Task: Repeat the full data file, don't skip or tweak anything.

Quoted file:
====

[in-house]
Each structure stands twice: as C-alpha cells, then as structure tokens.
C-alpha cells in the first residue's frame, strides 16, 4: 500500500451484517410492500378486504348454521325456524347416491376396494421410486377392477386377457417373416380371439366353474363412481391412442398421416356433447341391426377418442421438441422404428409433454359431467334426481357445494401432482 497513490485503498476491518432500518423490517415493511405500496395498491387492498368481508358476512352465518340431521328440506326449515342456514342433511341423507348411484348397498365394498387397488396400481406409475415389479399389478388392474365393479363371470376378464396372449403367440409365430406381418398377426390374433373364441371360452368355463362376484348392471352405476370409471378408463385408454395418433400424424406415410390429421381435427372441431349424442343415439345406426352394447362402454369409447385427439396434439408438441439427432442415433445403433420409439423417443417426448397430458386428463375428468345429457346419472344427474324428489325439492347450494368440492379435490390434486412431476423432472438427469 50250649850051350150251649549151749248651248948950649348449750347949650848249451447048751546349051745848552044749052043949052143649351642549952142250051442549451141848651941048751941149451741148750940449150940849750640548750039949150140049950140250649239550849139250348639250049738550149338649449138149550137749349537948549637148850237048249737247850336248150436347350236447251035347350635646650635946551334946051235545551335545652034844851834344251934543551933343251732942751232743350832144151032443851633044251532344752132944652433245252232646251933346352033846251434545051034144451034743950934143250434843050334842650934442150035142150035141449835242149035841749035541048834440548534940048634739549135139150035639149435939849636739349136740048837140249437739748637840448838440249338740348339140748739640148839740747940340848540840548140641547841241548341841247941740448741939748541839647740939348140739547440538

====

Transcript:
[in-house]
Each structure stands twice: as C-alpha cells, then as structure tokens.
C-alpha cells in the first residue's frame, strides 16, 4: 500500500451484517410492500378486504348454521325456524347416491376396494421410486377392477386377457417373416380371439366353474363412481391412442398421416356433447341391426377418442421438441422404428409433454359431467334426481357445494401432482 497513490485503498476491518432500518423490517415493511405500496395498491387492498368481508358476512352465518340431521328440506326449515342456514342433511341423507348411484348397498365394498387397488396400481406409475415389479399389478388392474365393479363371470376378464396372449403367440409365430406381418398377426390374433373364441371360452368355463362376484348392471352405476370409471378408463385408454395418433400424424406415410390429421381435427372441431349424442343415439345406426352394447362402454369409447385427439396434439408438441439427432442415433445403433420409439423417443417426448397430458386428463375428468345429457346419472344427474324428489325439492347450494368440492379435490390434486412431476423432472438427469 50250649850051350150251649549151749248651248948950649348449750347949650848249451447048751546349051745848552044749052043949052143649351642549952142250051442549451141848651941048751941149451741148750940449150940849750640548750039949150140049950140250649239550849139250348639250049738550149338649449138149550137749349537948549637148850237048249737247850336248150436347350236447251035347350635646650635946551334946051235545551335545652034844851834344251934543551933343251732942751232743350832144151032443851633044251532344752132944652433245252232646251933346352033846251434545051034144451034743950934143250434843050334842650934442150035142150035141449835242149035841749035541048834440548534940048634739549135139150035639149435939849636739349136740048837140249437739748637840448838440249338740348339140748739640148839740747940340848540840548140641547841241548341841247941740448741939748541839647740939348140739547440538